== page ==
Once the GP has had this first discussion with the patient, it would be important for them to contact the patient’s rheumatologist to seek advice. It would be helpful to explain the patient’s current desire not to attend the hospital. The rheumatologist may have noticed that the patient has not attended recent appointments, but there is a chance that they have not been made aware of this.
Depending on the patient’s level of pain and clinical condition, it may be that there are treatment decisions that need to be made. Is it possible for the rheumatologist to
consult with the patient virtually? Presumably there have been times, during the Covid-19 pandemic, that appointments were conducted remotely. If so, there may be a possibility that the rheumatologist could use video consulting to review the patient, assess her current state and provide advice on her treatment. Failing that, it is worth exploring whether the rheumatology department has a community specialist nurse, physiotherapist or occupational therapist that could go out and review the patient at home.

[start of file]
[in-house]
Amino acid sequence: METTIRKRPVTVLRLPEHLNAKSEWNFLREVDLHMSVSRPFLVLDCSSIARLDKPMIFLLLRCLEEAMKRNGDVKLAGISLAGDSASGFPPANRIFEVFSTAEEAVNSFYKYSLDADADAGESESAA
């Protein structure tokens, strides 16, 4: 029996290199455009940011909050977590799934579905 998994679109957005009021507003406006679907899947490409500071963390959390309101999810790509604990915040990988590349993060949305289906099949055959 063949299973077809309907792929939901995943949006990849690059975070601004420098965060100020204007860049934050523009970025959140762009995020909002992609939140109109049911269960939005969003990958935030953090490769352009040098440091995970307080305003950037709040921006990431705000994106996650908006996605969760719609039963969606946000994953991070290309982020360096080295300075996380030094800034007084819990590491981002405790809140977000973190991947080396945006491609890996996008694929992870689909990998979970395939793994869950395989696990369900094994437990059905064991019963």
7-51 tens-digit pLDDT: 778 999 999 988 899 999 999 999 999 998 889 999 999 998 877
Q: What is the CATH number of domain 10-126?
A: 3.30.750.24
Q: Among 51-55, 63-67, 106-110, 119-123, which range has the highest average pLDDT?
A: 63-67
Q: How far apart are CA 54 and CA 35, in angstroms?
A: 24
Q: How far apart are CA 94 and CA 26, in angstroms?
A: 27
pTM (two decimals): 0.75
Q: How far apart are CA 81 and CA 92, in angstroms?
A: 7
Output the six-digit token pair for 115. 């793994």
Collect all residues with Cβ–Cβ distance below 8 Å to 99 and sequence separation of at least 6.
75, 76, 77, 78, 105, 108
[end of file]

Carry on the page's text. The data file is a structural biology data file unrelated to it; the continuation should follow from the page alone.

Medical Council advice
The Medical Council1 advises that: “As far as possible, you should make sure that any treatment, medication or therapy prescribed for a patient is safe, evidence-based, and in the patient’s best interests.”
It goes on to state that the potential benefits should be weighed against the risks of adverse effects and interactions. Doctors are advised to seek independent, evidence-based sources of information on the benefits and risks associated with medicines before prescribing.